Morsi did not say whether the reshuffle would include Prime Minister Hisham Kandil, whose performance has drawn increasingly fierce criticism, including from the Muslim Brotherhood movement that propelled the president to power in an election last June.

Kandil was a little-known technocrat at the time of his appointment last July. Economists have faulted his government, which includes Brotherhood members in some ministries, for failing to get the economy moving.

It seems unlikely that Morsi will be able to draw his most critical opponents into government for now: the political division runs too deep. But he may be able to bring some liberals and moderated Islamists into cabinet, said Yasser el-Shimy, Egypt analyst with the International Crisis Group.

"Some of the ministers involved in the IMF negotiations will keep their jobs, such as [Planning Minister] Ashraf al-Araby, but I think the IMF would be happy to see a coalition government," el-Shimy said. "They would like to see a more consensual approach to politics."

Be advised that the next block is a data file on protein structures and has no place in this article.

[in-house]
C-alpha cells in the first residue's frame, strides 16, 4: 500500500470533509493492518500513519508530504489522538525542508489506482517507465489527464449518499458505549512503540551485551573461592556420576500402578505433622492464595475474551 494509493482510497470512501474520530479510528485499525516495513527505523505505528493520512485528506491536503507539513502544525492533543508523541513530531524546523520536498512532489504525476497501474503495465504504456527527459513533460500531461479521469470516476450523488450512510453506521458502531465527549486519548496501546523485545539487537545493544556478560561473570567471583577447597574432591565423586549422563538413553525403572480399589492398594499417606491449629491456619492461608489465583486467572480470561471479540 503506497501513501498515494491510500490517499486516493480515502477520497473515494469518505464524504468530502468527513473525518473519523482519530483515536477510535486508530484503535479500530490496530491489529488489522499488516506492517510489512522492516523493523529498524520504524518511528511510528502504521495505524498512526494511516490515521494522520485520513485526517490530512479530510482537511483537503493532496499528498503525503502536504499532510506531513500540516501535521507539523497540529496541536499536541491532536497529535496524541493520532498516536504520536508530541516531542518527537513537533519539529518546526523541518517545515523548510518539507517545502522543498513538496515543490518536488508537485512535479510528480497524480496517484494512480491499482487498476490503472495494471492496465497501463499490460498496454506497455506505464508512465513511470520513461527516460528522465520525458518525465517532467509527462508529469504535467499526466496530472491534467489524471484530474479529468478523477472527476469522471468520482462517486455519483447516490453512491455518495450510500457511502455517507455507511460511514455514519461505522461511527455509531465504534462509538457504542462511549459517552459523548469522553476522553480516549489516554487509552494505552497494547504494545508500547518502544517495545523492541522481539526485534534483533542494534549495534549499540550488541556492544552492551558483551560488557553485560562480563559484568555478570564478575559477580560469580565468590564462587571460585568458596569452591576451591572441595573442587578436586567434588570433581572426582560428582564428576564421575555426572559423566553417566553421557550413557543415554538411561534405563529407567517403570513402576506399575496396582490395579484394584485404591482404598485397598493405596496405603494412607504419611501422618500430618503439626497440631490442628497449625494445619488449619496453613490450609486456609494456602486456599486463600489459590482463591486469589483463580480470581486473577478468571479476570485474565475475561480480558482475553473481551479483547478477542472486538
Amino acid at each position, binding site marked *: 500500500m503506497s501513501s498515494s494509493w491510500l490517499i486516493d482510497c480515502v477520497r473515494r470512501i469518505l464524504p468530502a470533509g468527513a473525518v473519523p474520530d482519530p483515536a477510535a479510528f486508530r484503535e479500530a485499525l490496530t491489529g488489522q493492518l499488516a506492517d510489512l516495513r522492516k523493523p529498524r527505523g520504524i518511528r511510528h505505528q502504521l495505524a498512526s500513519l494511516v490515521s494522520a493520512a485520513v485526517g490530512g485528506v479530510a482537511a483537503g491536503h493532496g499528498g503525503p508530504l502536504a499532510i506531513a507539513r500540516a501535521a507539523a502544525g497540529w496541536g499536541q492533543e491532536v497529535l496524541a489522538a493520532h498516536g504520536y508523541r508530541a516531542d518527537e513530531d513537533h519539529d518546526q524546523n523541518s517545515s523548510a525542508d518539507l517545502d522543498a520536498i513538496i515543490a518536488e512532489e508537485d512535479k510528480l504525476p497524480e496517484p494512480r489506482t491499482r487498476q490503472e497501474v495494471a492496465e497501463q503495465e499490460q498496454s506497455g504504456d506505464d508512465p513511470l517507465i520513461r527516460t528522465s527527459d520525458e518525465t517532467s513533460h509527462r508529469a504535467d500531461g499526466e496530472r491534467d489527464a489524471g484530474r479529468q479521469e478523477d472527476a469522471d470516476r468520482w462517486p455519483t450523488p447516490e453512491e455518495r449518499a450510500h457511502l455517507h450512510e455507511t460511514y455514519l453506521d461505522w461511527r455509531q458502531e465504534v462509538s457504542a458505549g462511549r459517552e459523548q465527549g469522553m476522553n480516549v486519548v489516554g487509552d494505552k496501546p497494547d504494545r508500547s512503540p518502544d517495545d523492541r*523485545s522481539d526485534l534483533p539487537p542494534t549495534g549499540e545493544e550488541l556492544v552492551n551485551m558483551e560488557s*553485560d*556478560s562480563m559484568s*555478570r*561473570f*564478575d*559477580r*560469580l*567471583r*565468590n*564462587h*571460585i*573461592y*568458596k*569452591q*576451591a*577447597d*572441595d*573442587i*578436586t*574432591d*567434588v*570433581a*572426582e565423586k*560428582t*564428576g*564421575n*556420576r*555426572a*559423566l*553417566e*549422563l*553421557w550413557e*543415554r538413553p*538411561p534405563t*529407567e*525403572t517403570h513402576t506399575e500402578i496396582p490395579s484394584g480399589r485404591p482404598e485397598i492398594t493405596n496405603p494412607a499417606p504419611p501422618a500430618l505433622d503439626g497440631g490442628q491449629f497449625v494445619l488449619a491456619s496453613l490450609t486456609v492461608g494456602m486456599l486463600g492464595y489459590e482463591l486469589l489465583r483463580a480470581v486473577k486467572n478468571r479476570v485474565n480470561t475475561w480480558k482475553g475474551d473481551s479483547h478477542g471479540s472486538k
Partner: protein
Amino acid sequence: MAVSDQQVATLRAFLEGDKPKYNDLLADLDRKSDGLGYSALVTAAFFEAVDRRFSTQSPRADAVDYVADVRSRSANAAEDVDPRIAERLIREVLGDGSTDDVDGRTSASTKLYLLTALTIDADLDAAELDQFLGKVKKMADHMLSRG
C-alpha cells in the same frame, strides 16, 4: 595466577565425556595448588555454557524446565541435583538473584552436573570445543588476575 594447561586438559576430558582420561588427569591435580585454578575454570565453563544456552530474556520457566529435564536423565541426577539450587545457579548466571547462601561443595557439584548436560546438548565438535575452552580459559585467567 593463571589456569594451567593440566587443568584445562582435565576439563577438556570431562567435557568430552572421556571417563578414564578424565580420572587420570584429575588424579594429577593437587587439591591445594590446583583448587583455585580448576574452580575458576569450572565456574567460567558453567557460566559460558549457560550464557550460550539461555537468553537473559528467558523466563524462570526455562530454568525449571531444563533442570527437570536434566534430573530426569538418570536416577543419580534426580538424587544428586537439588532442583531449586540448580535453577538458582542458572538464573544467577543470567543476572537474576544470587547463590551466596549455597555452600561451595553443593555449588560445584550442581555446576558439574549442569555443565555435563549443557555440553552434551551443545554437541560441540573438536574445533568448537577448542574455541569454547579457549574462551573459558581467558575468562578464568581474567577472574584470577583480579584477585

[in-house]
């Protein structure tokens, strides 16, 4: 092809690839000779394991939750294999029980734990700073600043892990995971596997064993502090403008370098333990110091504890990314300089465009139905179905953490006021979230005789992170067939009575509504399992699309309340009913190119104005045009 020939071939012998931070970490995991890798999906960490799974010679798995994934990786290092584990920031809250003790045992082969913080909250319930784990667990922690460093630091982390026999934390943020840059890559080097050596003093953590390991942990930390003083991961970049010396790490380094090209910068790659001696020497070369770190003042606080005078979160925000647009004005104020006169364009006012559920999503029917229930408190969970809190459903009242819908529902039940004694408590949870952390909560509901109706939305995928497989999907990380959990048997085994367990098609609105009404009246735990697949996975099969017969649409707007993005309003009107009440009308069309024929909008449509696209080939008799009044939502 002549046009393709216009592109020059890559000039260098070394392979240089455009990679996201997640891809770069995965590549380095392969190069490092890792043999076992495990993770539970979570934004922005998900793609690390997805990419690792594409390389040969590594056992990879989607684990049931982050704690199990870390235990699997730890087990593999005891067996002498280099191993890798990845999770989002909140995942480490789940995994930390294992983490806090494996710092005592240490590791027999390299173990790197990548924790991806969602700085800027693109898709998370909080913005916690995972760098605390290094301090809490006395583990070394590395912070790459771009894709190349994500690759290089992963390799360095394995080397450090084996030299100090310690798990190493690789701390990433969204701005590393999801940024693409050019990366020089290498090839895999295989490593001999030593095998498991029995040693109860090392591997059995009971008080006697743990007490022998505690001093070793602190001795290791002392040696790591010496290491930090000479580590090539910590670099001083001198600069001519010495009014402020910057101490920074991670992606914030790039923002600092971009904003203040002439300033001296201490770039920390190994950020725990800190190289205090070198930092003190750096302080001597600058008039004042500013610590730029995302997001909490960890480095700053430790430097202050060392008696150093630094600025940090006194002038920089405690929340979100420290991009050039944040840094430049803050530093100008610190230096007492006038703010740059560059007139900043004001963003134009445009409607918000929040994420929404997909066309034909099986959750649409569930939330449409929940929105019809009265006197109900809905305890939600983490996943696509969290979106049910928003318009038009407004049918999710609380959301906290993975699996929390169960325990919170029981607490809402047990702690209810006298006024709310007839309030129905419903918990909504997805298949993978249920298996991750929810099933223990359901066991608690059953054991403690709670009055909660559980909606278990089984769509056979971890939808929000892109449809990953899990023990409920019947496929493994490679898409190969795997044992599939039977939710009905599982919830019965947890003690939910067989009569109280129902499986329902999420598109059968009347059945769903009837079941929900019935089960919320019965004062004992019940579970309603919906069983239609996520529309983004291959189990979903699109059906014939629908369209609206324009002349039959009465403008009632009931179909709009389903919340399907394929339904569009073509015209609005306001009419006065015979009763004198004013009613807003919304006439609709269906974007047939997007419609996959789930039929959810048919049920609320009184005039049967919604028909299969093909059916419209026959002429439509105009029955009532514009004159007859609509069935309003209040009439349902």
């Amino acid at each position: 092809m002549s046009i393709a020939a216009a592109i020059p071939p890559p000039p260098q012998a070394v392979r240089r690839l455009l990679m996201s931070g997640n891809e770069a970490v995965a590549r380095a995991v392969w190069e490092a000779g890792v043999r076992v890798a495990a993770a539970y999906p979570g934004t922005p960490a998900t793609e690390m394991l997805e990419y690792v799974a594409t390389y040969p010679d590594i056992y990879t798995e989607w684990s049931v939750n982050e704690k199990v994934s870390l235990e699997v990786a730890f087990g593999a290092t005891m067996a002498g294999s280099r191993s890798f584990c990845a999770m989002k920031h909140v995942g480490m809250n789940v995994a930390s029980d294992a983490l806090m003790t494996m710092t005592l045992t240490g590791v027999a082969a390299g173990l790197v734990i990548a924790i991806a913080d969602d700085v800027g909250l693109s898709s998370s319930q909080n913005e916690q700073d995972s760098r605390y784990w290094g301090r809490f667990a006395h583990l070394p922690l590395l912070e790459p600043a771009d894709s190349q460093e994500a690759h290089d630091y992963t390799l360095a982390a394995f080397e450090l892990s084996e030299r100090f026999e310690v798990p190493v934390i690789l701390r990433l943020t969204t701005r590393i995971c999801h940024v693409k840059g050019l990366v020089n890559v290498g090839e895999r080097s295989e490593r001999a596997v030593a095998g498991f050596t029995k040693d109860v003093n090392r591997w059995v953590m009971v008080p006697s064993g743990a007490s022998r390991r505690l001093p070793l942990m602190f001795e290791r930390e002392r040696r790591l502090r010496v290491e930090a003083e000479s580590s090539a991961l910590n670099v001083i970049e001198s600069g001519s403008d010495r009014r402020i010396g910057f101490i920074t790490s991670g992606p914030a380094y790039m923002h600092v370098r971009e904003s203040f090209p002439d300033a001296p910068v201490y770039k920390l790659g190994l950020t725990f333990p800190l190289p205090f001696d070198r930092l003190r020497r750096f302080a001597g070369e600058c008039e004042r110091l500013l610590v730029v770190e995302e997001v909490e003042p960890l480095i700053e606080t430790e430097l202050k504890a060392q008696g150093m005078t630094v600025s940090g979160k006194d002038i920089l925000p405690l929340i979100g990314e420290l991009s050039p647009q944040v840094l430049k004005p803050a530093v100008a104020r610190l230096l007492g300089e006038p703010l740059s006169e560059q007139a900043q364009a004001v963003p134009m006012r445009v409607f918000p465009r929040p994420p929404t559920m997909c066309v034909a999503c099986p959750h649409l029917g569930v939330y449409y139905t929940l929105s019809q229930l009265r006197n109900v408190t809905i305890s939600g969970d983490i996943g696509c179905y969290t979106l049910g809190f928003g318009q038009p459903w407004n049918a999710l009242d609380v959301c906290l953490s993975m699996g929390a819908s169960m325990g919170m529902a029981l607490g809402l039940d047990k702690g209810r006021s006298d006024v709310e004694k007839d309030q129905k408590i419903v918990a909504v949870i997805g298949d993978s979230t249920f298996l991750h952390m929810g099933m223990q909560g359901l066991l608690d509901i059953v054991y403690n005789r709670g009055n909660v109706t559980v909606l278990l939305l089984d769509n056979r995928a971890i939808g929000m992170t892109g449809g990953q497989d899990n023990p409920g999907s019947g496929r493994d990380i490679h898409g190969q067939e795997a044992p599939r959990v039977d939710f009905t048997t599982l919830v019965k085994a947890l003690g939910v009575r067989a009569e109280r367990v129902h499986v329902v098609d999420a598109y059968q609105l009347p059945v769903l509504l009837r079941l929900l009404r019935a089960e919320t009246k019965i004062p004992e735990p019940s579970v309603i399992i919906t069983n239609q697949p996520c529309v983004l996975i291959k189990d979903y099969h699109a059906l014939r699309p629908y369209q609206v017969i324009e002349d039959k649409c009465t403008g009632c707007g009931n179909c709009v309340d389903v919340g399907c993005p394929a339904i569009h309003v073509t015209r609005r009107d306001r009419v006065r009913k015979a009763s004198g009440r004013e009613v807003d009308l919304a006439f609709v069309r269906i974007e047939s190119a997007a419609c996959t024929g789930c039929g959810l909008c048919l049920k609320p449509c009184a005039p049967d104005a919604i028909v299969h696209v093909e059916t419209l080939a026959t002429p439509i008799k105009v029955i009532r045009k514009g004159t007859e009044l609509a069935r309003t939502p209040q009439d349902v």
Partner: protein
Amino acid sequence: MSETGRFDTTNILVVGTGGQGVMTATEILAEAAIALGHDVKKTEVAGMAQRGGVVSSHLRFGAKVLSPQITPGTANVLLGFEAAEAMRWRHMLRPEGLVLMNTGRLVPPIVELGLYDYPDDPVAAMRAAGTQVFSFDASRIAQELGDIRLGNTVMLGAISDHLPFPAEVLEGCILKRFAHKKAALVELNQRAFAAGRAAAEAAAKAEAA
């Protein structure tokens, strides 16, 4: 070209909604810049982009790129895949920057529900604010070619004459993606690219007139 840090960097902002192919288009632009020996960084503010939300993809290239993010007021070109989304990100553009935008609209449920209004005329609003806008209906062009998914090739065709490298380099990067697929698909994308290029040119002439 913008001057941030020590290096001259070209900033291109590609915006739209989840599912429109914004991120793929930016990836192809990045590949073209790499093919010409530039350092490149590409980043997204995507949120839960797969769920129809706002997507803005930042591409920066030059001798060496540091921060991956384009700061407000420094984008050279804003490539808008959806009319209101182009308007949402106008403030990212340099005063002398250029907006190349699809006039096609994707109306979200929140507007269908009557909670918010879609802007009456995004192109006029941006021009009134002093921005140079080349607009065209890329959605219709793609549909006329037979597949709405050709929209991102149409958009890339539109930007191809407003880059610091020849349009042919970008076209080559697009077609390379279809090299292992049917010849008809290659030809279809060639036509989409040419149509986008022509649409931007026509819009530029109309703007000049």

"With the parliamentary elections potentially not happening for six months, there might be hope that they can defuse the political standoff," he added.

Morsi's opponents are also demanding the removal of the prosecutor general, who was appointed by the president in November in controversial circumstances.

You May Like

Captured IS Militants Explain Why They Fought

Fighters from Turkey, Syria tell VOA Kurdish Service what drew them to extremism, jihad More

Security Experts Split on Kenyan Barrier Wall

Experts divided on whether initiative aiming to keep out al-Shabab militants is long-awaited solution or misguided effort More

Video Philippines Wants Tourists Spending Money at New Casinos

Officials say they hope to turn Manila into the next Macau, which has long been Asia’s gambling hub More

Featured Videos

Your JavaScript is turned off or you have an old version of Adobe's Flash Player. Get the latest Flash player.
Liberia's Almost Last Ebola Patient Grateful but Still Grievingi
X
Benno Muchler